To many, buying a house is a huge achievement. But equally something I thought would just happen. You know, when I got into my late 20s, everything would just fall into place. As I crept closer to 27, which I turn this Friday, I was realising this wasn’t really the case – especially being self-employed and not earning a great deal. With at least 10% of the property price required to start things off, not to mention the monthly income to secure a mortgage, my boyfriend and I were wondering how this would ever happen.
To cut a long story short, once we decided our priority was to get our own place, I picked up some work in a local school which meant we had two incomes, albeit not anything huge, but enough to look average in a mortgage lenders eyes. Saying that, we certainly didn’t have enough income to pluck tens of thousands of pounds out of our derrieres to lay down so we agreed to apply for the government’s Help To Buy Scheme. The scheme has two pathways – the 5% deposit, which means you lay 5% down, the government lay 25% for you (which you slowly pay back) and you get a mortgage on the rest. The other, of which we opted for, is the Shared Ownership scheme, which I found little information on people’s experiences when we were researching which is why I wanted to write this today.
Shared Ownership is when you buy a percentage of your (new build) property, and continue to rent the other percentage from a housing association. In time, you can ‘staircase’, which is when you buy more shares of your property but this is totally optional. We tried to keep things simple and purchased (with a deposit and mortgage) 50% of our 2 bedroom house. This means we pay half mortgage and half rent each month – although it doesn’t work out quite like that as your rent is severely reduced to keep things feasible alongside mortgage rates.
We applied in December 2014 on a whim – we decided we had enough money to lay a small deposit and just took the plunge. Our deposit was 5% of the percentage we were buying, so effectively 2.5% of the houses full price. At first we struggled to know who to approach to apply, and admittedly this bit is a bit of a minefield. We got lucky and happened to see our housing association (the middle men between the developers and the customers) advertising Shared Ownership properties in the local area on RightMove. This seems pretty unusual practice though and it might take some work to find out who is offering these schemes – it’s pretty popular and all seems a little hush hush at times. Once we applied, we found out less than a month later that we were in the running for the next phase of builds, and a week later found out we were getting a property. Around two weeks after that, they told us which plot we were going to be having, which was when it was time to start all the legal proceedings. This part is pretty simple in that you go about it in exactly the same way you would if you were buying a house on the open market. My only advise would be to find a financial advisor and solicitor who are au fait with Shared Ownership as they’ll have the necessary experience.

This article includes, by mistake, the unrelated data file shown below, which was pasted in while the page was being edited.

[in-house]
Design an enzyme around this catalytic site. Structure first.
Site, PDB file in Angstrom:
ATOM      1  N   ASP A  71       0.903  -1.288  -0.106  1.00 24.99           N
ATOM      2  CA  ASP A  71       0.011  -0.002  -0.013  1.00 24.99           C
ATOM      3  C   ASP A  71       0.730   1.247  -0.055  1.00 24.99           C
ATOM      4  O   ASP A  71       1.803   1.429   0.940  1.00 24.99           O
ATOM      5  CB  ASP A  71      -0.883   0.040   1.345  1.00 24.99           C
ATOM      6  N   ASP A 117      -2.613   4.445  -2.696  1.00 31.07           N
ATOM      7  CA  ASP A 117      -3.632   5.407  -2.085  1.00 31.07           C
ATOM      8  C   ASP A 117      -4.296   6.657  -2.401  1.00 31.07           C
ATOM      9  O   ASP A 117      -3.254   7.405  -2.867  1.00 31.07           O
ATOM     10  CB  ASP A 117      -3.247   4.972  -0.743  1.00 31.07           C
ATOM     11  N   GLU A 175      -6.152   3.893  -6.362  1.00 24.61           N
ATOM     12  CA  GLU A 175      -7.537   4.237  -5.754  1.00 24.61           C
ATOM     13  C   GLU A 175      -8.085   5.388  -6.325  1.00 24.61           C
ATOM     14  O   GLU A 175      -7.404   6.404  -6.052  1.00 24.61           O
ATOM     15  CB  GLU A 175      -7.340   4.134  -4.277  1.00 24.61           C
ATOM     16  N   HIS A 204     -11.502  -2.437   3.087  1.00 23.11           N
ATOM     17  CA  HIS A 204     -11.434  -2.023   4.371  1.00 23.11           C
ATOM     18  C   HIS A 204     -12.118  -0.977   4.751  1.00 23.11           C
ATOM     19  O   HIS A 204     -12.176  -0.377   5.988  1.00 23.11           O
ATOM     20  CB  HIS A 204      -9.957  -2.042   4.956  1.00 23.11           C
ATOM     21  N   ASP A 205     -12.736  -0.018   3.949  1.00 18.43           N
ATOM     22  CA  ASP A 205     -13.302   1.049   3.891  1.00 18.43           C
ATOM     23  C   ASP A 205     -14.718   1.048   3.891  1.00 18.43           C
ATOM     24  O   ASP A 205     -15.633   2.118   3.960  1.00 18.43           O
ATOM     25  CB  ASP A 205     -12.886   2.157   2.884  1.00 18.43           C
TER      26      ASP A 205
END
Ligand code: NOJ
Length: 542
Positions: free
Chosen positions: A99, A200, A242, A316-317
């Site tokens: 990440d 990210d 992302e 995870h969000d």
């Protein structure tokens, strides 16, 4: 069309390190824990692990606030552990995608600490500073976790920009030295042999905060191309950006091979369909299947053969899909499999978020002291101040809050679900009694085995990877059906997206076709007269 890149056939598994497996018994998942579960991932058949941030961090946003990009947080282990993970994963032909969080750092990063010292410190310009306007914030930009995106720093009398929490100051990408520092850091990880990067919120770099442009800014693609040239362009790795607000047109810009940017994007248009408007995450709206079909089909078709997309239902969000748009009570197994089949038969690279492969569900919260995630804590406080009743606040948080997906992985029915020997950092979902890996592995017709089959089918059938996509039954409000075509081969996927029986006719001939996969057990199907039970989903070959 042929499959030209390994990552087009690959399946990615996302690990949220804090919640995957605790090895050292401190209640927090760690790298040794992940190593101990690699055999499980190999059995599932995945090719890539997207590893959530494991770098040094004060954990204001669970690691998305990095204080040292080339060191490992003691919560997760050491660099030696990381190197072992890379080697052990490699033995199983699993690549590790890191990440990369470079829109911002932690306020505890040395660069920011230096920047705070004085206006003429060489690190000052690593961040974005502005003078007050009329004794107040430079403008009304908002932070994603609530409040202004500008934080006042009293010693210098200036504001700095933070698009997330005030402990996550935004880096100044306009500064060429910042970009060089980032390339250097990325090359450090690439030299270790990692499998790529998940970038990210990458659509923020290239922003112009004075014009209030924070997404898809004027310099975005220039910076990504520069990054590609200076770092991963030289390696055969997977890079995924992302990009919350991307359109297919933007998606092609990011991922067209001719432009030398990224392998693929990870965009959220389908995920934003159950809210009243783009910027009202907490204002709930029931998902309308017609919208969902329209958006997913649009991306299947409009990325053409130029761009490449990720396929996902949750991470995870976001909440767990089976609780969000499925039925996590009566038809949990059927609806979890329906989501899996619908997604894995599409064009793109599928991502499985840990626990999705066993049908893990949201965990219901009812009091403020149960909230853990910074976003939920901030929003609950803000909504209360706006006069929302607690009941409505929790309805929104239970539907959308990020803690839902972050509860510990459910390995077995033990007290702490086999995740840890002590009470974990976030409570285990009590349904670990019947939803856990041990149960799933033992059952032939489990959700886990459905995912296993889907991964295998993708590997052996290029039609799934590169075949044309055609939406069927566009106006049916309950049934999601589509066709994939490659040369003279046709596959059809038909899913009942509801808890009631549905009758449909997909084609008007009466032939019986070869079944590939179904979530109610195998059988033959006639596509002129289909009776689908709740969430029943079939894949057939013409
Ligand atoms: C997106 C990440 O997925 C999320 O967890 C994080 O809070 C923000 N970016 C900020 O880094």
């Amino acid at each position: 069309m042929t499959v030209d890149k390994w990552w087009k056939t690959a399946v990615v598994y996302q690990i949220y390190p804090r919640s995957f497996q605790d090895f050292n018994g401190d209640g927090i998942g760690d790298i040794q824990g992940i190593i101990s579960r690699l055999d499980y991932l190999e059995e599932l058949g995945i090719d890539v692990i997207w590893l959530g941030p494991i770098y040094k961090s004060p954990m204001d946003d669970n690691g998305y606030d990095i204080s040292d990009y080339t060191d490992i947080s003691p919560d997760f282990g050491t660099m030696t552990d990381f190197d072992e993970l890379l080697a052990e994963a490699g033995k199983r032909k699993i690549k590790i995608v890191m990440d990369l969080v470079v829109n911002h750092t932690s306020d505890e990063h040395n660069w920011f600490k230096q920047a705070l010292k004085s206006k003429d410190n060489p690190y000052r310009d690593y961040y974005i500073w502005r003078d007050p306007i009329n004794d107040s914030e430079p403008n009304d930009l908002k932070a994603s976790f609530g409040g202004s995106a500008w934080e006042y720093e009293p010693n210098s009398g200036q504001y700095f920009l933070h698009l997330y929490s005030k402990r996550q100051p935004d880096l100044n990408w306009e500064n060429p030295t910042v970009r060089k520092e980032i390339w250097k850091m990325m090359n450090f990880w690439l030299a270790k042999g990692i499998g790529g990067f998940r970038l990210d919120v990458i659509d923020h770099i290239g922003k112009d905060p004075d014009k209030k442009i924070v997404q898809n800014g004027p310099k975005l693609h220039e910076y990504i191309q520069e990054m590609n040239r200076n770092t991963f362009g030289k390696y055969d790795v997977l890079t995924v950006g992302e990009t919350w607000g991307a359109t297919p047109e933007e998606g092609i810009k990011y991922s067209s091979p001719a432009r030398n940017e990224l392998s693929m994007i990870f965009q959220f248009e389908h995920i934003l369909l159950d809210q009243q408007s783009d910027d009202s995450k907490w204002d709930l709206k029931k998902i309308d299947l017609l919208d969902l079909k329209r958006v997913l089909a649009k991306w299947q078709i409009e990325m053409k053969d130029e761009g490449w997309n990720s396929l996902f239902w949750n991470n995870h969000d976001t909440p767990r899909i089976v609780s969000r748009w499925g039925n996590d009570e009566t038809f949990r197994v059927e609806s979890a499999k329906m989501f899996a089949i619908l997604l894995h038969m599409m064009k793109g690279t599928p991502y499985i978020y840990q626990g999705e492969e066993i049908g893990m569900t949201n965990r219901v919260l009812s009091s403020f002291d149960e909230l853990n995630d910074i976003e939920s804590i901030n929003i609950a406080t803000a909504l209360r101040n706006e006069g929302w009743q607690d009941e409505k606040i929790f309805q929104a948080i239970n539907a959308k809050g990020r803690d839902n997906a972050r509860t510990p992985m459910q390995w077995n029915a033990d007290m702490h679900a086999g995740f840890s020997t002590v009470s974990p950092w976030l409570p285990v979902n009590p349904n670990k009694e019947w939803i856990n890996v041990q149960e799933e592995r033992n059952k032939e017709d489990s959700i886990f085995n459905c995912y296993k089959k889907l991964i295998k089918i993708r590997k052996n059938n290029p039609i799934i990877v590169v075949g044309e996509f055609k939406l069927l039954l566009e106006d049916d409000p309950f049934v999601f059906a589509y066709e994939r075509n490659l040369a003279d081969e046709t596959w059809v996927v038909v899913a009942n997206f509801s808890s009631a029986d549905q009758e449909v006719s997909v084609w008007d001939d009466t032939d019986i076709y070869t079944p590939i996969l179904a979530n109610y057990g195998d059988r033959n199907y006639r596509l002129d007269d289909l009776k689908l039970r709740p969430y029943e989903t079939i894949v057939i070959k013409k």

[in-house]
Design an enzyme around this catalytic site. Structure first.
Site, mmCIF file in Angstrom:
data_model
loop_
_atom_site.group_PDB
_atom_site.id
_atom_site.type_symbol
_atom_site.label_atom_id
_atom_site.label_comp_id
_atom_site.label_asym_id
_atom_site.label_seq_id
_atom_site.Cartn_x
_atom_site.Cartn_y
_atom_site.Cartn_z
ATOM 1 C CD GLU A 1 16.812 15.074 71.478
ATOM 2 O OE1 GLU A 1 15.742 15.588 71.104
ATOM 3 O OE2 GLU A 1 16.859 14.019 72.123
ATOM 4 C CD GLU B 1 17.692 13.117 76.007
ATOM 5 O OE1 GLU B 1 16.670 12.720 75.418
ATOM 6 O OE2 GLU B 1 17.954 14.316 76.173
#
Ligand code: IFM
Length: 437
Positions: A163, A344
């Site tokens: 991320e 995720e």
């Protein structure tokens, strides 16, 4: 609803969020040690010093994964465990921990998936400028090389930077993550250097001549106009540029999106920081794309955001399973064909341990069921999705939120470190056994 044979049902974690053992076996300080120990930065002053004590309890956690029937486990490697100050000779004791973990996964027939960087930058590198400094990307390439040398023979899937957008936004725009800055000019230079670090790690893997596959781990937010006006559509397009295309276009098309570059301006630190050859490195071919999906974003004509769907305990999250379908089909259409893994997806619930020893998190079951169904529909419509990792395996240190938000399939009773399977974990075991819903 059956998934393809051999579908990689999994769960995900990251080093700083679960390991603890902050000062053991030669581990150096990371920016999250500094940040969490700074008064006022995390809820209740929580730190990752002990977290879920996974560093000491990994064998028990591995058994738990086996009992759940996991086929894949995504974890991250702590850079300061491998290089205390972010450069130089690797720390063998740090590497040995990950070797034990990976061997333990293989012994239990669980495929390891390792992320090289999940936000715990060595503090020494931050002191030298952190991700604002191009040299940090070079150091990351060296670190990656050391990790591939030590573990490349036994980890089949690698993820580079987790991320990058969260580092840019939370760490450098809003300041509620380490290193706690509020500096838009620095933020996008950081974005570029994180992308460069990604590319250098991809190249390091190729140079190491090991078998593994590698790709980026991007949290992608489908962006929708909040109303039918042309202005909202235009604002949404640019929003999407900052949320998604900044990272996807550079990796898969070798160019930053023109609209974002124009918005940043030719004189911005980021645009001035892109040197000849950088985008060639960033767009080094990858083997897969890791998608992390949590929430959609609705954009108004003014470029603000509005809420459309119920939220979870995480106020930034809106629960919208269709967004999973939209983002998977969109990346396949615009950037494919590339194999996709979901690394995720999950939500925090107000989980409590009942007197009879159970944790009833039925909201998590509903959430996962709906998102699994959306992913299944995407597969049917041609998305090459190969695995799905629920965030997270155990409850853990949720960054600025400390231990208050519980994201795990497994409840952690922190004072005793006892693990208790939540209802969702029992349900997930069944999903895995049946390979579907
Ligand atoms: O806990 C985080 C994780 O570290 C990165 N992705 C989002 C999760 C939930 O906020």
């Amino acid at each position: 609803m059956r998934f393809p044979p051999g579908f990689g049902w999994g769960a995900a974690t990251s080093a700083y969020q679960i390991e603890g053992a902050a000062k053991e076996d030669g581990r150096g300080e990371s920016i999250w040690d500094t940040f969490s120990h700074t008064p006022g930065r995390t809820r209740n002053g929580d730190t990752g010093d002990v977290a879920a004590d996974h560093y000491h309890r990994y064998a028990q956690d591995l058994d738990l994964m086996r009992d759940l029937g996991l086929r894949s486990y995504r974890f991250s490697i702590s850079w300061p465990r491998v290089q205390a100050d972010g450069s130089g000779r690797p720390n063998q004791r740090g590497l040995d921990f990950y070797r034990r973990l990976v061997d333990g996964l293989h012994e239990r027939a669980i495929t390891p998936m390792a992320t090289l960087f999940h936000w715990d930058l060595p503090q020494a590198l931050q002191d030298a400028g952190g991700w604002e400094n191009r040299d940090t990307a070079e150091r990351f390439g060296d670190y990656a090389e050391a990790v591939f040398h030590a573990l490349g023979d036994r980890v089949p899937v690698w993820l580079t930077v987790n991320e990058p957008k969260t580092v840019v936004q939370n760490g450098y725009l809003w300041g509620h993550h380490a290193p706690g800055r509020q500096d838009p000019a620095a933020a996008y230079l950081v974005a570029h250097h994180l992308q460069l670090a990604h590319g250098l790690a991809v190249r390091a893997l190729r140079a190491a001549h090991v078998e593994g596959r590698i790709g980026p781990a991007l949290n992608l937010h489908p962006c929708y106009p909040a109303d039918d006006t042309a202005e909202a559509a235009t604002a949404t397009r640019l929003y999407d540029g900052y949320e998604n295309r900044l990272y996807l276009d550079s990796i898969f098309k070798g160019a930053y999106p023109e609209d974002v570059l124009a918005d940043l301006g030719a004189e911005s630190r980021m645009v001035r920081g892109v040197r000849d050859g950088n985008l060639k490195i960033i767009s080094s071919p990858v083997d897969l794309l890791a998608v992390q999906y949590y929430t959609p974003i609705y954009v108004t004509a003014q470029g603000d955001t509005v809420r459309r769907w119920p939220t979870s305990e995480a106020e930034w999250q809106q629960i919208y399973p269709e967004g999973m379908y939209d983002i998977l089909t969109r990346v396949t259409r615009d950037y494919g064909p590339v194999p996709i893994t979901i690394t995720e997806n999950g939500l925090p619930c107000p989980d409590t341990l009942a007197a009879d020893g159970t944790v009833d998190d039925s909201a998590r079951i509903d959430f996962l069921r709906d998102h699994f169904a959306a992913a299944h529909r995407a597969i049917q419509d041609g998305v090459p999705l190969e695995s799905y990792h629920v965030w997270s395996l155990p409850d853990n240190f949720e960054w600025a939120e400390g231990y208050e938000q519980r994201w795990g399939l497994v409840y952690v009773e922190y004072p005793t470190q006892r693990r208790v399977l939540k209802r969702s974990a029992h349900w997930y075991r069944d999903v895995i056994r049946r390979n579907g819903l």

From there, it’s been pretty plain sailing and we secured our mortgage with a lender known for accepting Shared Ownership applications – for reference, we’re with Newbury Building Society but Leeds are also a choice for SO. Because we were only getting a mortgage on 45% of the house, we didn’t need such big salaries to cover the cost of a 90%+ mortgage, which again is ideal if you don’t earn a great deal. The general rule is they’ll lend you roughly three times your income, so this was spot on for us.
The house was completed at the end of March and the move in was seamless! As 99% of SO properties are new build, it’s lovely and fresh – and clean! Oh so clean. We have our housing association on hand if we have any maintenance problems, but we have responsibility for the house just like proper homeowners. We’re allowed pets, we just have to let them know what we have and when, and we can decorate however we want. We can’t make any structural changes without their consent but I think it’s a pretty great deal seeing as they do own half of the house.
At first, Shared Ownership and the Help To Buy scheme seemed really daunting to me but overall we’ve had a positive experience that I’ve learnt a lot from. I couldn’t find anything like this post when we were researching so I hope it helps some of you who are trying to get on the ladder. When we move, we get a clean 50% of the property and anything it’s made which is fairly simple and with any luck will facilitate us moving to a property which is 100% ours. At the moment we’re still finding our feet and getting this right, but I’ll be blogging more about the interior when we get to where we want to be! In the meantime, there are snippets on my Instagram which you can find here!
I’d love to hear your experiences of buying a property or the Help To Buy scheme?
If you’ve landed here, you’re probably looking to find out more about Katherine-Louise. Run by me, Kat - put simply I'm a 30 year old who is decidedly normal. My blog is a destination for women just like me - the same interests and aspirations, working our way through the same twists and turns of life. Katherine-Louise is designed to inspire and inform; to give you a break from the norm as well identify with the beauty of routine. A fifteen minute recoup, or an hours vacation, it’s the go-to for Everyday-Joe’s, just like me, who want a few minutes off the radar.